Amateur Sports: Big Five Coaches Like On Court Skills and Off Court Character

Amateur Sports: Big Five Coaches Like On Court Skills and Off Court Character
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The Big Five college basketball teams in Philadelphia – Temple, St. Joseph’s, La Salle, Pennsylvania and Villanova – each have their own strategies for how they go about evaluating a player’s talent and how to attract them to their school.

It’s up to the players to decide if one of these schools fits them better than any other schools that have extended offers to them.

Izaiah Brockington spoke about the process of being recruited by Division I colleges after his team played a scrimmage against Chichester High School.

Archbishop Ryan Sr. guard Izaiah Brockington has been enjoying the process of getting to know coaches and schools, but he is set on finding the school that would be best for him.

“It’s not just who wants me,but where is my best fit,” Brockington said, “Whenever a coach wants to talk to me, I get really excited to hear what they have to say. They tell me about the role they’d like to see me play, ask me how my grades are and SAT scores and what I want to do with my future.”

A positive attitude and integrity in the classroom are two traits that college coaches prefer in a player. Coaches are looking for someone who shows respect for everyone involved with the team and beyond. They look for those who can keep themselves psychologically in check during the peaks and valleys of a season. Aside from just their athletic ability and talent, players should be able to benefit those they’re playing with and strengthen the core of their team.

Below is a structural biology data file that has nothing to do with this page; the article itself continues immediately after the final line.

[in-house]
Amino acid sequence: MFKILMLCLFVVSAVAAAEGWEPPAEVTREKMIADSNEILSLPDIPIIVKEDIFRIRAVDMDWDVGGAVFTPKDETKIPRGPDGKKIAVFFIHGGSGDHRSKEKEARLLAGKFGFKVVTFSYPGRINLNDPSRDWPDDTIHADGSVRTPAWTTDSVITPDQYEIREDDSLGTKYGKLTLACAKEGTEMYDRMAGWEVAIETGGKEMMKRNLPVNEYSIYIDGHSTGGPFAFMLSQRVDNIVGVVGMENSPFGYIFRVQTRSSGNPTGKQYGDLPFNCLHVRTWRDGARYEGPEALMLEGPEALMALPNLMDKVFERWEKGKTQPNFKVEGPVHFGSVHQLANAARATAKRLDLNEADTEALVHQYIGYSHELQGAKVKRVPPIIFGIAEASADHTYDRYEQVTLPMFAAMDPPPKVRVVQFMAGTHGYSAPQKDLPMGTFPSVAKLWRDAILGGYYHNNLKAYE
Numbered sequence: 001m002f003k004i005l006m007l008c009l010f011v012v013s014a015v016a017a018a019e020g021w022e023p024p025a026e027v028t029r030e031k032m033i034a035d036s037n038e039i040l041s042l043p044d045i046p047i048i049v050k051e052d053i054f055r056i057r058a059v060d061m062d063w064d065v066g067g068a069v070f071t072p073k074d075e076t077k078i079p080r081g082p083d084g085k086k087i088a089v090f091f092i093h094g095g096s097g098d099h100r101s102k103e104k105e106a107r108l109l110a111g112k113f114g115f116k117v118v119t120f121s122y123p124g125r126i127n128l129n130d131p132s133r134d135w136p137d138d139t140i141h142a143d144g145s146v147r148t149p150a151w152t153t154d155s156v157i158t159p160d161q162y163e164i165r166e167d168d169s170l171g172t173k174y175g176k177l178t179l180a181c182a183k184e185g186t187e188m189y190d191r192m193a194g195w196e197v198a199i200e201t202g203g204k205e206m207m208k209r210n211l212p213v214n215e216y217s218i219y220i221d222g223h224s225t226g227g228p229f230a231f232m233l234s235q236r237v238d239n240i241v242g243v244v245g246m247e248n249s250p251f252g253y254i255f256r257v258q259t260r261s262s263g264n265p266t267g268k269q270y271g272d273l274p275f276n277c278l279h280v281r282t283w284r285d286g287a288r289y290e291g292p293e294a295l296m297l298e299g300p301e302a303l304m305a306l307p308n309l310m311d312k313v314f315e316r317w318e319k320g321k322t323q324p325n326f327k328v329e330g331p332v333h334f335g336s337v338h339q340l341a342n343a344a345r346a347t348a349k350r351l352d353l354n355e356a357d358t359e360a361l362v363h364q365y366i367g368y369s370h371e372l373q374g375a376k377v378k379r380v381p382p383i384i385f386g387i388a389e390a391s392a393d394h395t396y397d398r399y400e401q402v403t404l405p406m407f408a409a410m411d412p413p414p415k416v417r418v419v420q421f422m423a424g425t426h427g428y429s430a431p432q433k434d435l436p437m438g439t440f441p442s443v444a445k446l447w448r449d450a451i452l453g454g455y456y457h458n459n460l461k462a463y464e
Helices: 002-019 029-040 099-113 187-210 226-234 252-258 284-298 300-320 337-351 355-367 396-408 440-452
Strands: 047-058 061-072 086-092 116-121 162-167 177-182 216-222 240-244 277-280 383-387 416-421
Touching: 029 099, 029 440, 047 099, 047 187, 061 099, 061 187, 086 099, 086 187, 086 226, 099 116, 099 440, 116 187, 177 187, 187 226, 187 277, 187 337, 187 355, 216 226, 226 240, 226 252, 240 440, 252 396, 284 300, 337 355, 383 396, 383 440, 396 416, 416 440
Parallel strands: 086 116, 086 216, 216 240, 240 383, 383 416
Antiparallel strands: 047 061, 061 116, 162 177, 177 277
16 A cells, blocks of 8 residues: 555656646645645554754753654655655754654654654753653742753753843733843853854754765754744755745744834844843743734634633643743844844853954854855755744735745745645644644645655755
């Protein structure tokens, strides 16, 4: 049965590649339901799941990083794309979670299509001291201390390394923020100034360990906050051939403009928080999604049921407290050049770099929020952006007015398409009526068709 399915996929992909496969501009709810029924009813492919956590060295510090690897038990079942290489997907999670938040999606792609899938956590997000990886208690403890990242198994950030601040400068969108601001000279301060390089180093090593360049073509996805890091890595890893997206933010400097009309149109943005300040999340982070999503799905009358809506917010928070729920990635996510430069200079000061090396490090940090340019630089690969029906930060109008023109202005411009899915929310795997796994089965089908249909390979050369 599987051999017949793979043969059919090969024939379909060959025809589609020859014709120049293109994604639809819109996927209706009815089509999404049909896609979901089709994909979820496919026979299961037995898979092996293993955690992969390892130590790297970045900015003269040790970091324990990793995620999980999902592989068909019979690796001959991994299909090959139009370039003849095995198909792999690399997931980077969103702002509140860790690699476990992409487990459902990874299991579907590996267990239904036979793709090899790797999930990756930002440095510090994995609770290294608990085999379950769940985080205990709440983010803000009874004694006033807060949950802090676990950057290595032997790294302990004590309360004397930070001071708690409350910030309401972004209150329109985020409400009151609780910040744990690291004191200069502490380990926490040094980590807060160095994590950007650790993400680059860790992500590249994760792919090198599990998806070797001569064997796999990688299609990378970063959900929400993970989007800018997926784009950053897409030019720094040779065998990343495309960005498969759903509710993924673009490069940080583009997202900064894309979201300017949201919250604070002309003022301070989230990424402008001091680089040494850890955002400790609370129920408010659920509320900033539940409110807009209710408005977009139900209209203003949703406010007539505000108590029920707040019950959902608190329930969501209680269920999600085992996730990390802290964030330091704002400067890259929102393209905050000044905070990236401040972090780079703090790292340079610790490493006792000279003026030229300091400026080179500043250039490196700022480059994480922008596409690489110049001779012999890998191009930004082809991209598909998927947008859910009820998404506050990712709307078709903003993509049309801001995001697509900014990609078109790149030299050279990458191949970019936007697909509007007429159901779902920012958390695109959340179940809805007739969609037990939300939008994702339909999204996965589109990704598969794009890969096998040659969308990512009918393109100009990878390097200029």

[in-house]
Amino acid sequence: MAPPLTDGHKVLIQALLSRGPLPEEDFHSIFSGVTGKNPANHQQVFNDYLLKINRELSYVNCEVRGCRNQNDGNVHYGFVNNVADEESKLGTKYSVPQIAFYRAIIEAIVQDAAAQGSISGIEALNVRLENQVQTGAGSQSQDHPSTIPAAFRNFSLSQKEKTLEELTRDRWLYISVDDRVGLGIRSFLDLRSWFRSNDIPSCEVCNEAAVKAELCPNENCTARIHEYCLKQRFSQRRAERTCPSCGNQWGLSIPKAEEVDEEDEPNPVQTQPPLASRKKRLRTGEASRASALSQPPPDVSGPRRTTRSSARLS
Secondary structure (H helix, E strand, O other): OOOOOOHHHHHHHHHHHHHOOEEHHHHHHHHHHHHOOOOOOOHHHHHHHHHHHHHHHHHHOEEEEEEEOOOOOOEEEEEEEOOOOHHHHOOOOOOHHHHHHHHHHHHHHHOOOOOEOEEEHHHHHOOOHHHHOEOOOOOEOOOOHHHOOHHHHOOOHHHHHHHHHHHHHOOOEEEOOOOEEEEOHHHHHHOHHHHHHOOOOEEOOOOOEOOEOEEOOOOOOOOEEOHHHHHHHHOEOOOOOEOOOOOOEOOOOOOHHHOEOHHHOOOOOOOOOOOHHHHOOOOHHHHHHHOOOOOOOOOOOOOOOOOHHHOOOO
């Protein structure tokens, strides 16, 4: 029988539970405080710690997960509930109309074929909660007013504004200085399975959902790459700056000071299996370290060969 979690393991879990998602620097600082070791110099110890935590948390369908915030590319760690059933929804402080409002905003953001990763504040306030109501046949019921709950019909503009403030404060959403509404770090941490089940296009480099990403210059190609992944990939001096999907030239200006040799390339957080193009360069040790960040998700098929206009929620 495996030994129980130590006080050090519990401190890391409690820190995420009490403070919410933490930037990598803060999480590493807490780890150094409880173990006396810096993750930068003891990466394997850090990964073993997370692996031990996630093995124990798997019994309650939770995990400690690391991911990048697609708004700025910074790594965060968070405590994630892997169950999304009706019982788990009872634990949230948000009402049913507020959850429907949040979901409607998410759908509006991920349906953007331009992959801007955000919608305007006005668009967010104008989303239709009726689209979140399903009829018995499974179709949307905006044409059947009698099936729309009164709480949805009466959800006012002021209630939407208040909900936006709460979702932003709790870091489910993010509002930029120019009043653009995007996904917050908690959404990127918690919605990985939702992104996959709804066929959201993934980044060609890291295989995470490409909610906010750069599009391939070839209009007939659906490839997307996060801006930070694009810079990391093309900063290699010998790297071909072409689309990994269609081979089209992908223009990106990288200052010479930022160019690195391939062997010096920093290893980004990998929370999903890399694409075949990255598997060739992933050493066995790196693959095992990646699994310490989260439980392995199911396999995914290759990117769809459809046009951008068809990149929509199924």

“I look at their personal character and how serious of a student they are,” said La Salle head coach John Giannini. “Not only are we looking for players with talent, but players who show effort in supporting their teammates and show kindness to those around them.”

 

St. Joseph's head coach Phil Martelli (left), John Wooden (center), and Jameer Nelson at the John R. Wooden award ceremony in 2004. Nelson Received the award for most outstanding men's college basketball player.

St. Joseph’s head coach Phil Martelli (left), John Wooden (center), and Jameer Nelson at the John R. Wooden award ceremony in 2004, as well as on the cover of a 2004 Sports Illustrated issue. Nelson Received the award for most outstanding men’s college basketball player.

“We all need to recruit from a basketball and academic standpoint,” said Temple head coach Fran Dunphy. “A college scholarship cannot be attained without good grades. It’s up to us once they come to play for us to ensure that they graduate.”

What a prospect shows on the court is just as important as how they act off the court.

“We watch how they run, shoot, how they interact with their teammates, who wants the ball at the end of the game, who makes those shots, how he interacts with his coaches,” Dunphy continued. “You train your eye to see who can do these things and who can’t.”

Despite the amount of scouting and recruiting that these schools do, they are not always the desired destination of many elite college players. Bigger name basketball teams like Duke and Kansas would often be the player’s first choice if they received a phone call from either school. Nonetheless, some Big Five schools get lucky, and a player will decide that it’s where they fit best and where they can grow the most.

“There’s a point when you have to know when to step back from a player,” said St. Joseph’s head coach Phil Martelli. “But sometimes, it’s almost like taking a leap of faith, and you get really lucky with who you recruit.”

There is no way concise way to determine how talented a player will be or how to convince a player to come to one specific school. The only way for coaches to figure out who fits their team best is to find who is available to them first, and see if they match their value set. Every several years, they get luckier than they expected, but a coach just wants a player to meet their expectations on the court and in the classroom.

-Text, images and video by Geno Cantell.

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